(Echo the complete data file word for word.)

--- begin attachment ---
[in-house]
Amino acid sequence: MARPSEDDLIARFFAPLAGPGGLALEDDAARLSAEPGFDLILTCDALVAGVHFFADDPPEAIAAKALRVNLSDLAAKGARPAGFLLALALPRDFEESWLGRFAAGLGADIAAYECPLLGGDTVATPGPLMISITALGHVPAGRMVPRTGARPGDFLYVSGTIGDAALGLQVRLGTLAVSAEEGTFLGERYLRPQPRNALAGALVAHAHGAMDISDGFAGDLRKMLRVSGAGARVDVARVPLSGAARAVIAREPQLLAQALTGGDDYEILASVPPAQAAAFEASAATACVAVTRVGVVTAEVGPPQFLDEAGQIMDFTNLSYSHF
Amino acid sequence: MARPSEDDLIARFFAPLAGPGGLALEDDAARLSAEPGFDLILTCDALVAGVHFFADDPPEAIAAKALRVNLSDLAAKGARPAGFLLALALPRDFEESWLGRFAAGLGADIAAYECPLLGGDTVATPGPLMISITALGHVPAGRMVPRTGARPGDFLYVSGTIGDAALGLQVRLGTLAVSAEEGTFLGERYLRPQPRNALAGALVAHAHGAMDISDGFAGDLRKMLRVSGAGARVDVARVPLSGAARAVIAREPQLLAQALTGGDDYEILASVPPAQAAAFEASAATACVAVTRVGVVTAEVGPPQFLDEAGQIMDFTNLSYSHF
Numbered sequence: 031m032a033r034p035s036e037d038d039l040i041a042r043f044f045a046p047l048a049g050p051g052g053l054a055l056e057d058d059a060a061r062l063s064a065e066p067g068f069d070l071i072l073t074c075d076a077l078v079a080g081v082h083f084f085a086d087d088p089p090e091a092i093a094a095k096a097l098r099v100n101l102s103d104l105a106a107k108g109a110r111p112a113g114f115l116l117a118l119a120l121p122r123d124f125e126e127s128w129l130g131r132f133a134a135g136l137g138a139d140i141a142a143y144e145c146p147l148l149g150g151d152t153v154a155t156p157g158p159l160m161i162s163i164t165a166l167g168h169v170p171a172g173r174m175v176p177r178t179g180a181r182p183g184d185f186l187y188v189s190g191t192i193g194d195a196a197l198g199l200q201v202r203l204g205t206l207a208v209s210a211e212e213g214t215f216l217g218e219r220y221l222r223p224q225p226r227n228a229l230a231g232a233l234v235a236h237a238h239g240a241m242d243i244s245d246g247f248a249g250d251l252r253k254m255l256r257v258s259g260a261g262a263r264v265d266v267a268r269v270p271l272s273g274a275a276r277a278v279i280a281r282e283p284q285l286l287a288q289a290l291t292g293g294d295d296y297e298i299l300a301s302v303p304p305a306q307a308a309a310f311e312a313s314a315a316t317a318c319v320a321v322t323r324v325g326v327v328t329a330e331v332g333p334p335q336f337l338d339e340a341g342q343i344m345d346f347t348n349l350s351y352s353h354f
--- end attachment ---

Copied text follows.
[in-house]
Amino acid sequence: MARPSEDDLIARFFAPLAGPGGLALEDDAARLSAEPGFDLILTCDALVAGVHFFADDPPEAIAAKALRVNLSDLAAKGARPAGFLLALALPRDFEESWLGRFAAGLGADIAAYECPLLGGDTVATPGPLMISITALGHVPAGRMVPRTGARPGDFLYVSGTIGDAALGLQVRLGTLAVSAEEGTFLGERYLRPQPRNALAGALVAHAHGAMDISDGFAGDLRKMLRVSGAGARVDVARVPLSGAARAVIAREPQLLAQALTGGDDYEILASVPPAQAAAFEASAATACVAVTRVGVVTAEVGPPQFLDEAGQIMDFTNLSYSHF
Amino acid sequence: MARPSEDDLIARFFAPLAGPGGLALEDDAARLSAEPGFDLILTCDALVAGVHFFADDPPEAIAAKALRVNLSDLAAKGARPAGFLLALALPRDFEESWLGRFAAGLGADIAAYECPLLGGDTVATPGPLMISITALGHVPAGRMVPRTGARPGDFLYVSGTIGDAALGLQVRLGTLAVSAEEGTFLGERYLRPQPRNALAGALVAHAHGAMDISDGFAGDLRKMLRVSGAGARVDVARVPLSGAARAVIAREPQLLAQALTGGDDYEILASVPPAQAAAFEASAATACVAVTRVGVVTAEVGPPQFLDEAGQIMDFTNLSYSHF
Numbered sequence: 031m032a033r034p035s036e037d038d039l040i041a042r043f044f045a046p047l048a049g050p051g052g053l054a055l056e057d058d059a060a061r062l063s064a065e066p067g068f069d070l071i072l073t074c075d076a077l078v079a080g081v082h083f084f085a086d087d088p089p090e091a092i093a094a095k096a097l098r099v100n101l102s103d104l105a106a107k108g109a110r111p112a113g114f115l116l117a118l119a120l121p122r123d124f125e126e127s128w129l130g131r132f133a134a135g136l137g138a139d140i141a142a143y144e145c146p147l148l149g150g151d152t153v154a155t156p157g158p159l160m161i162s163i164t165a166l167g168h169v170p171a172g173r174m175v176p177r178t179g180a181r182p183g184d185f186l187y188v189s190g191t192i193g194d195a196a197l198g199l200q201v202r203l204g205t206l207a208v209s210a211e212e213g214t215f216l217g218e219r220y221l222r223p224q225p226r227n228a229l230a231g232a233l234v235a236h237a238h239g240a241m242d243i244s245d246g247f248a249g250d251l252r253k254m255l256r257v258s259g260a261g262a263r264v265d266v267a268r269v270p271l272s273g274a275a276r277a278v279i280a281r282e283p284q285l286l287a288q289a290l291t292g293g294d295d296y297e298i299l300a301s302v303p304p305a306q307a308a309a310f311e312a313s314a315a316t317a318c319v320a321v322t323r324v325g326v327v328t329a330e331v332g333p334p335q336f337l338d339e340a341g342q343i344m345d346f347t348n349l350s351y352s353h354f